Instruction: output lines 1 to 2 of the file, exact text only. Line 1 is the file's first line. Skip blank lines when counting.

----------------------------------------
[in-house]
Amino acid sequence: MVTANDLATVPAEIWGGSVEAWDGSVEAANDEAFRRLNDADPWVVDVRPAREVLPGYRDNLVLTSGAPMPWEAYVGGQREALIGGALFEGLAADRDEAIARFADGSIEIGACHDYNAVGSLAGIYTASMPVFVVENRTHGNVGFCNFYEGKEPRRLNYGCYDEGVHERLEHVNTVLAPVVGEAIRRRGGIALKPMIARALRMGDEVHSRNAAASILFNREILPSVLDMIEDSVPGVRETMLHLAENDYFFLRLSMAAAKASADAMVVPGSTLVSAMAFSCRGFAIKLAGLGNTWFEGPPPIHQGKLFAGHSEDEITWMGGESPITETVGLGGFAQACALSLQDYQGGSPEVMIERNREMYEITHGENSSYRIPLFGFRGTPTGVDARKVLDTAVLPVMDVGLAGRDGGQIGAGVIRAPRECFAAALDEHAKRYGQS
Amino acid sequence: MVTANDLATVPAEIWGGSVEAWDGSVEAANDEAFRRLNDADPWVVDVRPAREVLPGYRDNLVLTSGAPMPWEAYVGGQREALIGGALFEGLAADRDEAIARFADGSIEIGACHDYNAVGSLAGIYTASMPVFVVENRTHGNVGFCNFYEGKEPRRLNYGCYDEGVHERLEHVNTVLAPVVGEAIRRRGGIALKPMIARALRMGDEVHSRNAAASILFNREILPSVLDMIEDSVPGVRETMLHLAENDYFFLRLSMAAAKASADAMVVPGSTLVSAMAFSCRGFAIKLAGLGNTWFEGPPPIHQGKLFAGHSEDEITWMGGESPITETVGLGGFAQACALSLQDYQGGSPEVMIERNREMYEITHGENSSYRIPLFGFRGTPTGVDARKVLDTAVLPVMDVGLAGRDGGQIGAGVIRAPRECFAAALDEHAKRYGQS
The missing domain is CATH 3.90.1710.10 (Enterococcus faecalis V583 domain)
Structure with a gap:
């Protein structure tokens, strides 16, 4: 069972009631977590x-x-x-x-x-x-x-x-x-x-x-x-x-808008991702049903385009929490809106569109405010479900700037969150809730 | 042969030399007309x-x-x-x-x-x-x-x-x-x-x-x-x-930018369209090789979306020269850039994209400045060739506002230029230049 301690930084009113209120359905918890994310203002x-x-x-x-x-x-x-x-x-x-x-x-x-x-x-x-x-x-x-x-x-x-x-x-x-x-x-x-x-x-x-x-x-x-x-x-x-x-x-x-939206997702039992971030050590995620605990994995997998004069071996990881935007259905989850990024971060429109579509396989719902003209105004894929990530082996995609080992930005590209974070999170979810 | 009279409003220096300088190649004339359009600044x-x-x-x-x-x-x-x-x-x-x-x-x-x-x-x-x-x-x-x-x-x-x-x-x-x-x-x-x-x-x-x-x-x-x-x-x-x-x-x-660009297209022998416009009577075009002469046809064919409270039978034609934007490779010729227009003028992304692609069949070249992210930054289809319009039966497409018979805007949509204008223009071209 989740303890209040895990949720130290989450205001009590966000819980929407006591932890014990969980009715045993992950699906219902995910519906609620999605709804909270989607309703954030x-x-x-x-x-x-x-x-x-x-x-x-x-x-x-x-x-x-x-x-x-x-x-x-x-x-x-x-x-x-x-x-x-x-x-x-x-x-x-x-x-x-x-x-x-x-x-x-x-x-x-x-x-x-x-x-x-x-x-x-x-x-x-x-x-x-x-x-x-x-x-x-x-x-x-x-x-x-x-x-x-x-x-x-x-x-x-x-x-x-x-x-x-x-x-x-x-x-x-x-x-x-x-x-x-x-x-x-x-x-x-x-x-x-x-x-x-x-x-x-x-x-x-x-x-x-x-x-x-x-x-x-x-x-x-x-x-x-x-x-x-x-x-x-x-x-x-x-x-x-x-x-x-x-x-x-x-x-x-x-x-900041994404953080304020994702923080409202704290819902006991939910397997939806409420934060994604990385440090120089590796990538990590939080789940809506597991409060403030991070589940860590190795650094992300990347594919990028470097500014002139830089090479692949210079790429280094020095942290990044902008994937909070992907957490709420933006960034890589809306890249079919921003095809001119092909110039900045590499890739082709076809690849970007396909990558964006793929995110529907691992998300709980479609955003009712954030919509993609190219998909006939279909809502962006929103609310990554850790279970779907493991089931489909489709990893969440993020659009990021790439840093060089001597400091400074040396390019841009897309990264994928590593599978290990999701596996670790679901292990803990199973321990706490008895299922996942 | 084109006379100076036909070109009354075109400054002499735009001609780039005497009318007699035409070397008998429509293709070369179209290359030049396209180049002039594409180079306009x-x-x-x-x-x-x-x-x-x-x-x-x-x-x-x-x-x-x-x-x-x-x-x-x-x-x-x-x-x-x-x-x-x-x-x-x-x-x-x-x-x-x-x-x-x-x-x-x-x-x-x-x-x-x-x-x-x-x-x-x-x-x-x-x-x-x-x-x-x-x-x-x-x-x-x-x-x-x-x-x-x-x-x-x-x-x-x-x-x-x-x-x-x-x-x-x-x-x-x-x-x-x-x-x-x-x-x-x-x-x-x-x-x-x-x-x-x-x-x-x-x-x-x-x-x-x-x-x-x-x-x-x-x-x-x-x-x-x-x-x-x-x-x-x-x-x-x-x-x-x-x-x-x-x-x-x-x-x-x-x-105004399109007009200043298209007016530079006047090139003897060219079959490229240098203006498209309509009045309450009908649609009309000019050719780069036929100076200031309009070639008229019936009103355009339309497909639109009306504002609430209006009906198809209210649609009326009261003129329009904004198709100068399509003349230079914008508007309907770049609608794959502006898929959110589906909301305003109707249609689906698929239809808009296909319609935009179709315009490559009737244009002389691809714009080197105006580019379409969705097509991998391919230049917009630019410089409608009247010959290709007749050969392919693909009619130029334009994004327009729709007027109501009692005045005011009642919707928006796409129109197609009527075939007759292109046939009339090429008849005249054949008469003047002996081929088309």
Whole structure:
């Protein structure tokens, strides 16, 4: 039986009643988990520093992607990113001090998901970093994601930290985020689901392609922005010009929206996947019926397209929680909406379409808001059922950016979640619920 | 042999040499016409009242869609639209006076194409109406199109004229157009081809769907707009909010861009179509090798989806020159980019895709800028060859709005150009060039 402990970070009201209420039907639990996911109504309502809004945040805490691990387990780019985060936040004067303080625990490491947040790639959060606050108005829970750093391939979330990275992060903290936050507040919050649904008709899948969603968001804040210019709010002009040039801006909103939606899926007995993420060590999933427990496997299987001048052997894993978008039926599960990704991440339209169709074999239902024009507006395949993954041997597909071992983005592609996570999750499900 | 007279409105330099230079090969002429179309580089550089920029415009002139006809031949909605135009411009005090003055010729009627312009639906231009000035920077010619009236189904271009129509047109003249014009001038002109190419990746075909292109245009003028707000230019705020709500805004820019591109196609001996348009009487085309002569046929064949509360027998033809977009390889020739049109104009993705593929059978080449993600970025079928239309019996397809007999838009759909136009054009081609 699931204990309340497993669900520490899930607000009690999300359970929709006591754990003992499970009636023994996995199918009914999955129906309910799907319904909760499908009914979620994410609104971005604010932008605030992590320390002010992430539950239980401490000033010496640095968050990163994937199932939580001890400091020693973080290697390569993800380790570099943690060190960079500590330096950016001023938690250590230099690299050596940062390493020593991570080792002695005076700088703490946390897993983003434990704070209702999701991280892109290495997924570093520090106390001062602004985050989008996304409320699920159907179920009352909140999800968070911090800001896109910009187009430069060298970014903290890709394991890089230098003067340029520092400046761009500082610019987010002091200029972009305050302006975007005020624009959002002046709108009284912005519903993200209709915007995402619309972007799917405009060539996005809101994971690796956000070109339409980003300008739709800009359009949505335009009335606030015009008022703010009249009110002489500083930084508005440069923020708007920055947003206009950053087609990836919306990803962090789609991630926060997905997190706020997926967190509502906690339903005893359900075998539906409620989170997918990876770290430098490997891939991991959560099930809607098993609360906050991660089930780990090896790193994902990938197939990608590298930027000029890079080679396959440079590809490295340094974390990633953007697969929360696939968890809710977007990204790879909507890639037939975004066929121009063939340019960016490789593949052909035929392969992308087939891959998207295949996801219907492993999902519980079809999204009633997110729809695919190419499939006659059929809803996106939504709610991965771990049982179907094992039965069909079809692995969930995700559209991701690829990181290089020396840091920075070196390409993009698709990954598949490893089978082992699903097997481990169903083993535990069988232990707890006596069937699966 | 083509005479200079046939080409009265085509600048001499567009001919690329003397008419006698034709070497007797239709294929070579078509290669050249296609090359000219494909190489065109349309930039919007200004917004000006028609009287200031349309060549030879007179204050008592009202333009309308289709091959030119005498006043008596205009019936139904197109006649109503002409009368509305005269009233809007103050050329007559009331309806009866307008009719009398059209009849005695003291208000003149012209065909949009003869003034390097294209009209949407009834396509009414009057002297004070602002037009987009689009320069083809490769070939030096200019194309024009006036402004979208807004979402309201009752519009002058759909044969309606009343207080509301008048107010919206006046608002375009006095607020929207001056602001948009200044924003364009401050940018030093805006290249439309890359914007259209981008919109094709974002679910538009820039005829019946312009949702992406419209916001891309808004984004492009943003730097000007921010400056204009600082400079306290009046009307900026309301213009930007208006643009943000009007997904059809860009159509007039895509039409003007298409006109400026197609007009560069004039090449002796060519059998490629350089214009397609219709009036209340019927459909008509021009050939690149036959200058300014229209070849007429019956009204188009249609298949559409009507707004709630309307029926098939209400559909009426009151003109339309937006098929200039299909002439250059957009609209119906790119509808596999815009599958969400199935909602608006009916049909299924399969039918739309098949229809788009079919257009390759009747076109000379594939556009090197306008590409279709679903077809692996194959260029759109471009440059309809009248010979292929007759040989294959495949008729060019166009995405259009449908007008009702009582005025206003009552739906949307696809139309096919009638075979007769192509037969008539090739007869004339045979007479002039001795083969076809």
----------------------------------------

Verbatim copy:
[in-house]
Amino acid sequence: MVTANDLATVPAEIWGGSVEAWDGSVEAANDEAFRRLNDADPWVVDVRPAREVLPGYRDNLVLTSGAPMPWEAYVGGQREALIGGALFEGLAADRDEAIARFADGSIEIGACHDYNAVGSLAGIYTASMPVFVVENRTHGNVGFCNFYEGKEPRRLNYGCYDEGVHERLEHVNTVLAPVVGEAIRRRGGIALKPMIARALRMGDEVHSRNAAASILFNREILPSVLDMIEDSVPGVRETMLHLAENDYFFLRLSMAAAKASADAMVVPGSTLVSAMAFSCRGFAIKLAGLGNTWFEGPPPIHQGKLFAGHSEDEITWMGGESPITETVGLGGFAQACALSLQDYQGGSPEVMIERNREMYEITHGENSSYRIPLFGFRGTPTGVDARKVLDTAVLPVMDVGLAGRDGGQIGAGVIRAPRECFAAALDEHAKRYGQS